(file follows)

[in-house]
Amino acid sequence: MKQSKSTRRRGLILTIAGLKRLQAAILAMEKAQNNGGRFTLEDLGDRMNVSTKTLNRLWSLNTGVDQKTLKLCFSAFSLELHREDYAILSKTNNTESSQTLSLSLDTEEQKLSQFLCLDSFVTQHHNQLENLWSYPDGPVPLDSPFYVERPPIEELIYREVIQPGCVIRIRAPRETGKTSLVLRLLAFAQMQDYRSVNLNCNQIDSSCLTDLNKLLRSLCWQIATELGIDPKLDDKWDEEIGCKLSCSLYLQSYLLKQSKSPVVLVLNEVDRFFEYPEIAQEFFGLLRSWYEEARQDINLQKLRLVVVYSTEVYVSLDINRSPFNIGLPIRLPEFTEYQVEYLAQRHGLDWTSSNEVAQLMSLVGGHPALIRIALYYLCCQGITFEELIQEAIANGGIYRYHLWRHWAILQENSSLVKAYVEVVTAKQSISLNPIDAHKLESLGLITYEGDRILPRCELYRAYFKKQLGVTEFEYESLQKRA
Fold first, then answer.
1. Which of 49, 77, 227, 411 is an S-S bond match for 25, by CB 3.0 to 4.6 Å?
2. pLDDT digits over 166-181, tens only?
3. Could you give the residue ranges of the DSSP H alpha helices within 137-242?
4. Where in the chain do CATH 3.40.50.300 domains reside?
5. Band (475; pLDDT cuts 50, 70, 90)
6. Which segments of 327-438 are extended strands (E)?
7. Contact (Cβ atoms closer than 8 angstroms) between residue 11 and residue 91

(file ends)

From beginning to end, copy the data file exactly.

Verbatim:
[in-house]
Amino acid sequence: MKQSKSTRRRGLILTIAGLKRLQAAILAMEKAQNNGGRFTLEDLGDRMNVSTKTLNRLWSLNTGVDQKTLKLCFSAFSLELHREDYAILSKTNNTESSQTLSLSLDTEEQKLSQFLCLDSFVTQHHNQLENLWSYPDGPVPLDSPFYVERPPIEELIYREVIQPGCVIRIRAPRETGKTSLVLRLLAFAQMQDYRSVNLNCNQIDSSCLTDLNKLLRSLCWQIATELGIDPKLDDKWDEEIGCKLSCSLYLQSYLLKQSKSPVVLVLNEVDRFFEYPEIAQEFFGLLRSWYEEARQDINLQKLRLVVVYSTEVYVSLDINRSPFNIGLPIRLPEFTEYQVEYLAQRHGLDWTSSNEVAQLMSLVGGHPALIRIALYYLCCQGITFEELIQEAIANGGIYRYHLWRHWAILQENSSLVKAYVEVVTAKQSISLNPIDAHKLESLGLITYEGDRILPRCELYRAYFKKQLGVTEFEYESLQKRA
Fold first, then answer.
1. Which of 49, 77, 227, 411 is an S-S bond match for 25, by CB 3.0 to 4.6 Å?
2. pLDDT digits over 166-181, tens only?
3. Could you give the residue ranges of the DSSP H alpha helices within 137-242?
4. Where in the chain do CATH 3.40.50.300 domains reside?
5. Band (475; pLDDT cuts 50, 70, 90)
6. Which segments of 327-438 are extended strands (E)?
7. Contact (Cβ atoms closer than 8 angstroms) between residue 11 and residue 91